I don’t know about you but I love Halloween! The fresh crispy leafed, autumnal evenings make the perfect setting for watching your favorite horror movies. As I was prepping to create a Halloween movie marathon of my own, I began to wonder what black horror films I could include into the list.
Black people have always been part of the horror genre since it started. Unfortunately, the genre is known for portraying and normalizing negative stereotypes of minorities such as having the villain be a dark shade and many people of color are cast as leads. And if we are, we’re likely to be killed off early (“the black guy dies first!” as the old saying goes). Thanks to the 70s blaxploitation era, the black horror films genre found its voice. Despite the underrepresentation of African Americans on & off screen within the horror genre, that voice has evolved. Particularly, I’ve noticed this play out in the independent cinema due to auteurs like Spike Lee, Wes Craven and George A. Romero who have all made contributions to the genre by frequently casting strong black leads and/or creating films with black-focused narratives.
Despite some of their, dare I say “campy” titles, black horror films have been utilizing the genre to provide a cultural, political & social commentary on issues affecting the black community.
So, here are 5 of the best black horror films to get you pumped for the Halloween season:
- Blacula (1972)–
Blacula is known for being the first horror film of the blaxploitation genre, inspiring many other blaxploitation horror films after it. Based on Bram Stoker’s “Dracula”, the story is about an 18th-century prince named Mamuwalde. In 1780, he goes to Count Dracula to ask for help with stopping the slave trade. Rather than getting assistance, the Prince is transformed into a vampire. Fast forward to 1972, Mamuwalde’s coffin is sold to two wealthy L.A interior designers, who later open the coffin to find a startling discovery. Soon enough, the prince falls for a woman, Tina, who he thinks is the reincarnation of Luva, his late wife. Blacula became one of the highest-grossing films of 1972.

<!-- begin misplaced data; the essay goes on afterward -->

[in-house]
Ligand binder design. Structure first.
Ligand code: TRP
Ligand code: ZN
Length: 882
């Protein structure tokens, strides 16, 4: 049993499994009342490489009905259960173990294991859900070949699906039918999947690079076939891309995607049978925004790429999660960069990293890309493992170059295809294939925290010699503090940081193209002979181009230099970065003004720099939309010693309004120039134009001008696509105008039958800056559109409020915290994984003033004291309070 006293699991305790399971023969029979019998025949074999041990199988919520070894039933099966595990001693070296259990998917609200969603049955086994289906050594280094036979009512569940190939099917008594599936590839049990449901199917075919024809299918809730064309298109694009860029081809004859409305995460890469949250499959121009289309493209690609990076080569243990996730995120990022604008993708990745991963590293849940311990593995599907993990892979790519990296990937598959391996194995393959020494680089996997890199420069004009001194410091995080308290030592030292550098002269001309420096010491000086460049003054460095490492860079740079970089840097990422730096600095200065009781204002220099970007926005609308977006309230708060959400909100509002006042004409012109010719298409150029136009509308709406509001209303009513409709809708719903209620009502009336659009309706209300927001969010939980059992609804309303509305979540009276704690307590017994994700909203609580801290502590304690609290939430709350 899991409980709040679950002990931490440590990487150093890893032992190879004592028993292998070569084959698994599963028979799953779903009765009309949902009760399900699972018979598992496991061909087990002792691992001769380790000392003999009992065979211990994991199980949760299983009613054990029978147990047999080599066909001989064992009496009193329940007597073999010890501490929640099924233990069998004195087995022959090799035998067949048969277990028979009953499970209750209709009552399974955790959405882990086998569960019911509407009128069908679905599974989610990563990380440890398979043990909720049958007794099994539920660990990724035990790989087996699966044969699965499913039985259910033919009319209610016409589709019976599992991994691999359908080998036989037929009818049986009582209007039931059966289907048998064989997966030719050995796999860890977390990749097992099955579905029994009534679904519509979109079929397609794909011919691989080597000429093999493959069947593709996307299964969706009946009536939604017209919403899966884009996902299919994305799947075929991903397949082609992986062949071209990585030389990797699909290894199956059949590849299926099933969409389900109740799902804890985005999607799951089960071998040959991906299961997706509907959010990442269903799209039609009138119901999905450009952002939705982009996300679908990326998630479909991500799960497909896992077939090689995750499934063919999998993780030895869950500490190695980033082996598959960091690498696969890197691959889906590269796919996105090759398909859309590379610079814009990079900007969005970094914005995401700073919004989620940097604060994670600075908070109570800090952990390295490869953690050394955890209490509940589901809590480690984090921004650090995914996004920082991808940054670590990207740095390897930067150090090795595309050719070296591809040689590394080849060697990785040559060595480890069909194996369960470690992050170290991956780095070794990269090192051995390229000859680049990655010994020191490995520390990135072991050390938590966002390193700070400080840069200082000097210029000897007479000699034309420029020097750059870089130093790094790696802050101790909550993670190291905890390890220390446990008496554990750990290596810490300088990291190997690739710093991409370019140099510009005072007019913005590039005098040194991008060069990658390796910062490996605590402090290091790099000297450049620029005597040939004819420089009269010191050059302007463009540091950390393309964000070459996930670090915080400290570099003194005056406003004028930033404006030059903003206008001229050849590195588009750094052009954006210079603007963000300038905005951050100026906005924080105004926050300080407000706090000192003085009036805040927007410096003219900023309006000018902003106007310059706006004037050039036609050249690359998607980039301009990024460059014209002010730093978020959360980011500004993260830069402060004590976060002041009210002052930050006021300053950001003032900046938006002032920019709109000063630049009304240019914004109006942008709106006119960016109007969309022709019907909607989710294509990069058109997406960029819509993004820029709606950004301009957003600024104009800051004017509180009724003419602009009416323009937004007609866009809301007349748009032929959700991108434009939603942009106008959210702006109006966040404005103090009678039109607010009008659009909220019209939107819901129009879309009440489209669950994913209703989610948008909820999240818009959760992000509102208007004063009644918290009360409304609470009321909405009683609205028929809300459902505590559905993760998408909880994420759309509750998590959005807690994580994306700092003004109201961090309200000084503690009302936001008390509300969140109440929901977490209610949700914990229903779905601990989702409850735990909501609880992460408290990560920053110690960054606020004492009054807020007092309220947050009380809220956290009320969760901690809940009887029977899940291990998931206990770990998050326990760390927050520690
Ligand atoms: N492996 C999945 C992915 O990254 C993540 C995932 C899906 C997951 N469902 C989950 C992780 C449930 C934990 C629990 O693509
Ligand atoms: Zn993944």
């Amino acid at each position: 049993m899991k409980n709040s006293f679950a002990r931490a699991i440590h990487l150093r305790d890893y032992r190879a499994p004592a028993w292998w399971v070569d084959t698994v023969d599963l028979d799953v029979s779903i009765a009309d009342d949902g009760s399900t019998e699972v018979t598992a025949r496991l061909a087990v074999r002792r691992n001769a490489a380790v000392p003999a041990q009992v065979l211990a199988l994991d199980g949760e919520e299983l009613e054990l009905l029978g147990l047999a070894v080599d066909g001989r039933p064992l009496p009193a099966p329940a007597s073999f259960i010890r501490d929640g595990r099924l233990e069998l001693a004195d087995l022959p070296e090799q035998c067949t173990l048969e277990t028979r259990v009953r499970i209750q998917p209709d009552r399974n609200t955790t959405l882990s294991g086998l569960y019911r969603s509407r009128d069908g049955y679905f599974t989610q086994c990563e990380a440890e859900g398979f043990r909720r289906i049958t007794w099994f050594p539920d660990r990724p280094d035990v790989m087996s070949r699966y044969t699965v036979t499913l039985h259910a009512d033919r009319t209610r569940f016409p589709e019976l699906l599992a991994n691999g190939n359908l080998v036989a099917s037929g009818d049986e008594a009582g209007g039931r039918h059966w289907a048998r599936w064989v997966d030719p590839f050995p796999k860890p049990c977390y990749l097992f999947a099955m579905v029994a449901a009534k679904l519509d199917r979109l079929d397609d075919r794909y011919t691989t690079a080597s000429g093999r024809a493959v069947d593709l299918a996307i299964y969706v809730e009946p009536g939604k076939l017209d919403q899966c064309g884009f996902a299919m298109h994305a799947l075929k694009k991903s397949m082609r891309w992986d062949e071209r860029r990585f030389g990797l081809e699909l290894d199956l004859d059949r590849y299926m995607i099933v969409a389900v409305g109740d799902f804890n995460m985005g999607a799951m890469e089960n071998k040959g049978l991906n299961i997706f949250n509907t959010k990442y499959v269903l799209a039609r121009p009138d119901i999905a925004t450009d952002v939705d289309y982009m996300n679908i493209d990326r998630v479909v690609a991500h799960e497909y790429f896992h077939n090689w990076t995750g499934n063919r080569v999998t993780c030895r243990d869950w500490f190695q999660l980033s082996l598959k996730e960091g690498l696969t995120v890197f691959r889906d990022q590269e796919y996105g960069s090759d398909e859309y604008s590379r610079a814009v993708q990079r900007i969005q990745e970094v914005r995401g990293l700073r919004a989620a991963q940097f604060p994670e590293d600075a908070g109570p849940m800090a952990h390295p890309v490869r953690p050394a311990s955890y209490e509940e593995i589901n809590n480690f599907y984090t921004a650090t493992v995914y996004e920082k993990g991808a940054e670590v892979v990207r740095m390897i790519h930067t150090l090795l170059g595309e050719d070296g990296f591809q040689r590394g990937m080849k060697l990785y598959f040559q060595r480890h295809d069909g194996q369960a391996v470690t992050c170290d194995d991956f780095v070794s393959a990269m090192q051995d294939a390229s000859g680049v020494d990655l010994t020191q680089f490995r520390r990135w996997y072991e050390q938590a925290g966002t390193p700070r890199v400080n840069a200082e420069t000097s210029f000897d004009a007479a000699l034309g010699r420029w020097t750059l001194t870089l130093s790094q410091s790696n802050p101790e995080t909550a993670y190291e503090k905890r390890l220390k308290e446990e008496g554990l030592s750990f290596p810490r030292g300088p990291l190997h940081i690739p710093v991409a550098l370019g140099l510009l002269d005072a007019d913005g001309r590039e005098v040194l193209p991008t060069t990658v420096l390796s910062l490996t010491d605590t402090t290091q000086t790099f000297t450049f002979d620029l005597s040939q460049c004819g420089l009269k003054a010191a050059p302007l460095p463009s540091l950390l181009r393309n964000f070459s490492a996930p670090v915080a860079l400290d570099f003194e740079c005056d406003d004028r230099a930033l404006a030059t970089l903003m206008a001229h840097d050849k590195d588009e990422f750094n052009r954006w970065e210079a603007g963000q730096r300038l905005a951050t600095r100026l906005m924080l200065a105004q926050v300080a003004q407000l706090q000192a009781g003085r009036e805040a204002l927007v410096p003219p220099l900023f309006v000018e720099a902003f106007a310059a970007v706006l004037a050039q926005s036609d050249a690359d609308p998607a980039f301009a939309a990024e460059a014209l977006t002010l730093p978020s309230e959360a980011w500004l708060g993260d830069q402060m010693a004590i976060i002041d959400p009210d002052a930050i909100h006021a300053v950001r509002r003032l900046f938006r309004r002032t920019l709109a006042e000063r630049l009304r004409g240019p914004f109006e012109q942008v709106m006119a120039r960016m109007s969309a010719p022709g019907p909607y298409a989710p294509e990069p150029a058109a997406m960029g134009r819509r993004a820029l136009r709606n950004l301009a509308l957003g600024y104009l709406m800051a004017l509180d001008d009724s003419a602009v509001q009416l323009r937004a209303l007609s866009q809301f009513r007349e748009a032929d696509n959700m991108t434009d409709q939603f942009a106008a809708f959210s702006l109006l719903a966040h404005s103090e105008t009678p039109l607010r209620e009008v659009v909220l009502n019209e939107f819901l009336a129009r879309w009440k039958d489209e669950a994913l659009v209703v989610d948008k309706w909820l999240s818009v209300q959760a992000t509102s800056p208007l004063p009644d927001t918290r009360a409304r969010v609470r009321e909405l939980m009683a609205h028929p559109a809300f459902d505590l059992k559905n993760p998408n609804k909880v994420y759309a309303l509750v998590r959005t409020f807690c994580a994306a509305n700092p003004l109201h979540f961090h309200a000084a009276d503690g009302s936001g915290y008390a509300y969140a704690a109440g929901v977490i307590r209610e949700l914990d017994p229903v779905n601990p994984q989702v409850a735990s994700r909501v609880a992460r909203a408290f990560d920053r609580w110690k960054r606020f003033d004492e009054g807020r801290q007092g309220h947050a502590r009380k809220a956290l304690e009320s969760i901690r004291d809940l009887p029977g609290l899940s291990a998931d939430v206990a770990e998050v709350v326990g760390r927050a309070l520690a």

- Abby (1974)–
Abby, a parody of The Exorcist, is about a woman who gets possessed by a demonic, sexual, spirit. The entity, Eshu, presented in the film is taken from the Yoruba religion. The filmmakers did this so it can be separate from the classic that came before it. Despite the film’s box-office success, the film was eventually pulled from theaters and Warner Bros sued the film over copyright issues. Abby was believed to be out of print until 2004 when DVD copies of the 16mm quality movie were sold on online. To this day, the film is considered a cult classic of the genre.
- The People Under The Stairs (1991)–
This next film is still considered a fairly good horror flick directed and written by none other than one of Horror’s masters, Wes Craven. We follow Pointdexter “Fool” Williams, who resides in the ghetto area of L.A. He and his family has just been evicted from their apartment by their creepy landlords, the Robesons. “Fool” and his friends break into their house only to discover it’s a place filled with cannibalistic children! Shortly before his passing in August 2015, Craven revealed his plans to remake the film into a television series.
- Ganja & Hess (1973)–
Ganja & Hess is an experimental film from the 70s starring Duane Jones, who had a starring role in George A. Romero’s classic Night of the Living Dead. Duane plays Dr. Hess Green, an anthropologist who becomes a vampire when his mentally deranged assistant, George Meda, stabs him with a special dagger. Green then falls in love with his assistant’s wife, Ganja. Throughout their affair, Ganja learns more about Dr. Hess’ “studies”. The film debuted at the Cannes Film Festival and received great reviews from critics. Its is considered one of the most important black horror films for its use of the vampire myth to explore religion and racism.
5. Tales From The Hood (1995)-
It is a 90’s horror anthology film directed by Rusty Cundieff, with Spike Lee as executive producer. A funeral director tells a group of young drug dealers four stories of his former customers. Each tale focuses on a heavy topic that plagues African American communities from police brutality and domestic abuse to racism and gang violence. The film is considered Halloween cult classic by horror film lovers.